Id. at *6 (citation omitted). Weighing the information available as of the time of his deposition, the prescribing physician still considered his prescription appropriate. For plaintiff, this was particularly because she had been taking drospirenone-containing oral contraceptives without issue for many years and his practice was to continue such patients unless they developed a contraindication (presumably like a known clotting factor abnormality). Plaintiff herself was satisfied with these medications and requested refills for years.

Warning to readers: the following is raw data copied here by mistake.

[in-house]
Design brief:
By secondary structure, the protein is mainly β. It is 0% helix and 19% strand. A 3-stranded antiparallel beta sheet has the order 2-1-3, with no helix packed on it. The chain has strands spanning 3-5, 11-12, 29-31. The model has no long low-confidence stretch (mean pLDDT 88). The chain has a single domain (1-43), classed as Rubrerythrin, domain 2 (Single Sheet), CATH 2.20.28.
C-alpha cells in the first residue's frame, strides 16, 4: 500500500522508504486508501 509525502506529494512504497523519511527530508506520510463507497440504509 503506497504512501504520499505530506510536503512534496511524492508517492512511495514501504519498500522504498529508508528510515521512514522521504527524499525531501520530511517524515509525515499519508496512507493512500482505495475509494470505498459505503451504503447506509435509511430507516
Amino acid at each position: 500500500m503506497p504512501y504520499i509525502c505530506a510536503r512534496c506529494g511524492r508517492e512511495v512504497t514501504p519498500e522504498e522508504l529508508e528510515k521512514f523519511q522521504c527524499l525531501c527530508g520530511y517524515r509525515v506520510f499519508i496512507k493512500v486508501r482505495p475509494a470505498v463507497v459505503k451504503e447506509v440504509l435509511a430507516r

In addition, the information in the 2012 label did not present a significant change in the risk calculation for someone who had had been on the medications for years. The prescriber concluded “the benefits of Beyaz outweigh the risk in patients who have been taking it for some time with no problems,” like plaintiff. Id. The 2012 label was consistent with what he knew when he prescribed Beyaz to plaintiff in 2011, there was a possible increased risk of VTE with drospirenone-containing contraceptives compared to those with different progestins. Id. at *7. As would be expected, he had known for decades “that all birth control pills carry a risk of blood clots,” had kept up on the literature over time, including the 2009 studies suggesting a higher risk, and had stayed abreast of the labels and FDA announcements before the 2011 prescription to plaintiff at issue. In this context, the 2012 labeling that plaintiff contended might have changed the prescribing physician’s decision with plaintiff did not change his prescribing practice or cause him to reach a new conclusion about the level of blood clot risk with Beyaz. Id. at *8. This sort of testimony negates proximate cause. (The court also relied on Dietz in rejecting the argument that an objective, rather than subjective, standard applies to the decision of the actual prescriber, which might have opened the door to evidence of what a different prescriber might have done in his shoes. Id. at *8 n.8.)